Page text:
Burnt

Movie review by
S. Jhoanna Robledo, Common Sense Media
Burnt Movie Poster Image
Salty portrait of chef's comeback serves up fine acting.
  • R
  • 2015
  • 100 minutes

Parents say

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Kids say

age 15+
Based on 2 reviews

A lot or a little?

The parents' guide to what's in this movie.

Positive Messages

When you're down on your luck, there's nowhere to go but up. Also, there's always the chance for for redemption and a second (or even third) act. Other themes include addiction (and sobriety), self-destruction, and forgiveness.

Positive Role Models & Representations

Adam doesn't start off particularly likable, but viewers quickly realize he's accountable for his mistakes and is seeking a better way to handle things. Tony is a forgiving, supportive employer and friend, and Helene is a principled, determined, ambitious chef who also wants to be a good mother.

Violence

When things aren't going well, Adam can lose his temper in an eruptive manner, screaming at his crew, throwing pots and dishes around, and leaving everyone quaking in their boots. He's shown beaten up. One disturbing scene shows a character seemingly trying to kill himself with a plastic bag.

Sex

Passionate kissing.

Language

Frequent swearing includes "f--k," "s--t," "bastard," "prick," "hell," etc.

Consumerism

Lots of close-ups of food/dining establishments, plus restaurant-related name-dropping, including the Michelin star system, the Langham hotel, Burger King, etc.

Drinking, Drugs & Smoking

Lots of allusions and outright references to a character's drugged-out, drunken past -- the consequences of which still haunt him.

What parents need to know

Parents need to know that Burnt is a fairly intense drama about a famous chef (Bradley Cooper) who disappeared at the top of his game after drugs and drinking undid him -- and who's now seeking redemption and a comeback. There are some pretty mature themes in play, including addiction, relationship problems, self-destruction, sobriety, and forgiveness. Expect tons of salty language, from "hell" to "s--t" and "f--k," passionate kissing, and frank discussions about the toll that addiction takes.

User Reviews

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  • Kids say

There aren't any reviews yet. Be the first to review this title.

Teen, 13 years old Written bySparrowleaf February 16, 2016

Anger, swearing and drugs

Way too much swearing, loss of temper is very realistic through Bradley coopers amazing acting. During scenes where loss of temper occurs f***k is said a LOT of... Continue reading
Teen, 15 years old Written bysneto12 December 2, 2015

Over-cooked

"Burnt" has an interesting story, but the script is terrible. On the other hand, it handles (incredibly) well topics like addiction and sex, in a matu... Continue reading

What's the story?

Adam Jones (Bradley Cooper) was once a celebrated, twice-Michelin-starred chef at a Parisian restaurant -- but he walked away from everything after his drinking and drug use overcame his culinary gifts. Adam gets clean back home in the United States, opting to spend his days shucking oysters ... until one day he decides that he's served his time, so he jets back to London for a third go at a Michelin star. Tony (Daniel Bruhl), the son of Adam's former mentor, isn't sure he wants to be embroiled with Adam again, but he can't deny the chef's genius, so he decides to invest in Adam's comeback. But has Adam really conquered his demons? An attractive sous-chef (Sienna Miller) and visits from friends and foes in his previous life show Adam that the past is very much in the present.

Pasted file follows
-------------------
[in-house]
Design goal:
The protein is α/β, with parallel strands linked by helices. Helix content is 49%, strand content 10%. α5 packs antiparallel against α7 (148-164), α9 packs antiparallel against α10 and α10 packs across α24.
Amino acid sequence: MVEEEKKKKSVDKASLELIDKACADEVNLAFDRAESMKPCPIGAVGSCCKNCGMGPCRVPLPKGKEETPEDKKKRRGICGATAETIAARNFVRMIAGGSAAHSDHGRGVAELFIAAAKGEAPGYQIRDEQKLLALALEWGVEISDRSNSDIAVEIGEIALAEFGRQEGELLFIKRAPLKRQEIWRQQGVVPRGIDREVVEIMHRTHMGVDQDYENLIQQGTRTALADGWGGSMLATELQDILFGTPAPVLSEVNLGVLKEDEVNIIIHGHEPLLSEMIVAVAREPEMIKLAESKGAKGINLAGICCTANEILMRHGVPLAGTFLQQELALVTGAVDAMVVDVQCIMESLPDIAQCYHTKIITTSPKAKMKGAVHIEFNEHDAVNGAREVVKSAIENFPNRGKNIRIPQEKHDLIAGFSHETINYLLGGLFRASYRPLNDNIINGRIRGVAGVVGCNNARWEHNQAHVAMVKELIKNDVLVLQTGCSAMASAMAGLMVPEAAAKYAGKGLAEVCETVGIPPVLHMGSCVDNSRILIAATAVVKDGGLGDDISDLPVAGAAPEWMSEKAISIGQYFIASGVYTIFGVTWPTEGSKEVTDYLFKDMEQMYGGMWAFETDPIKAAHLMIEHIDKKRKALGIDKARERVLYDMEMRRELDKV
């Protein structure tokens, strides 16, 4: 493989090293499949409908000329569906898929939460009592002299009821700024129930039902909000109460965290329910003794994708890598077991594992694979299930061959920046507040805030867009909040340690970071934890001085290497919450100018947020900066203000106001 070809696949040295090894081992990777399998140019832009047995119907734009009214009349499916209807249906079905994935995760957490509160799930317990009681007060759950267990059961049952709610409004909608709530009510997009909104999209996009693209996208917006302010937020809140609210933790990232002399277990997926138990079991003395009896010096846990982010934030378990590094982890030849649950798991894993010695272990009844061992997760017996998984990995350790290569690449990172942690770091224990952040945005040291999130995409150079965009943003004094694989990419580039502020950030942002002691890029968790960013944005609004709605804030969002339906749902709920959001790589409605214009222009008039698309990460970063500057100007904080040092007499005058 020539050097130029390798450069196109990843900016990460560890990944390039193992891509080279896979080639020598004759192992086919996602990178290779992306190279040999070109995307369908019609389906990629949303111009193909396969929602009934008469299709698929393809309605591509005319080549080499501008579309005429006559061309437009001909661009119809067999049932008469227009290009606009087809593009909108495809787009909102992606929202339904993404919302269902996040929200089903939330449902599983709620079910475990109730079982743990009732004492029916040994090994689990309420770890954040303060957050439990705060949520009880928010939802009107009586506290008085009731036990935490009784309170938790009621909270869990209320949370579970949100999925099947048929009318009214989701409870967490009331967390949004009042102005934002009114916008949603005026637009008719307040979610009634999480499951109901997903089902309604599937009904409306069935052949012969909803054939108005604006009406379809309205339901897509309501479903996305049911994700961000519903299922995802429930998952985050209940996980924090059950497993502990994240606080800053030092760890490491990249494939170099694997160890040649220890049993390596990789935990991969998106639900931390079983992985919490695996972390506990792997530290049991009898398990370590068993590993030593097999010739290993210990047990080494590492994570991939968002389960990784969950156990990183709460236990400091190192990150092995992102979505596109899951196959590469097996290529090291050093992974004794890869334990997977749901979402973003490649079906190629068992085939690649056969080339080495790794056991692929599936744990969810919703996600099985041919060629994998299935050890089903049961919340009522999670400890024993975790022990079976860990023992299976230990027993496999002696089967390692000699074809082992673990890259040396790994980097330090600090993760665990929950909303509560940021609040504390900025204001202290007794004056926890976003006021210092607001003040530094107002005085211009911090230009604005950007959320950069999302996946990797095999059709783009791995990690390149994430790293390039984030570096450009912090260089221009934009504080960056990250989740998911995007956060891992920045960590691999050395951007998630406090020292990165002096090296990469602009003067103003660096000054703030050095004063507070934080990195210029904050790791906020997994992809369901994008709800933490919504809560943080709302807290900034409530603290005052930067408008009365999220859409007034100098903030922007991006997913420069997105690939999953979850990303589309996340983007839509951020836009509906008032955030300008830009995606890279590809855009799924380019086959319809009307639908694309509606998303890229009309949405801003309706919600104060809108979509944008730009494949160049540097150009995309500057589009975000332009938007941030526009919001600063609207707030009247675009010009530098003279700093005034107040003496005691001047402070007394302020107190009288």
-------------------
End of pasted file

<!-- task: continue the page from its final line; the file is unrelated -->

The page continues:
Is it any good?

BURNT is kinetic and compelling, even if it does stick to a well-worn cinematic formula. We can pretty much predict where Adam is headed and that the way there will be complicated (though even the complexities are fairly standard). Nonetheless, the entire ensemble -- led by an admirable Cooper -- is watchable. Anytime he's on screen, viewers are interested, because he grounds Adam realistically while still managing to imbue him with a certain glamour.

And the food! Director John Wells rightfully makes sure the food doesn't take play second fiddle here, offering it up in all its delectable glory, from street food to classic French cuisine. Prepare to leave hungry -- but still (mostly) satisfied.

Talk to your kids about ...

  • Families can talk about how Burnt handles the subjects of substance use/addiction and recovery. Does it glamorize them? Are the consequences realistic?

  • Does Adam deserve a second chance? Do you consider him a role model? Why or why not?

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  • What's role does food play in the film? Is it meant for fuel and consumption or as a statement about sophistication? Can you think of other movies that revolve around food?

Movie details

For kids who love foodie stories

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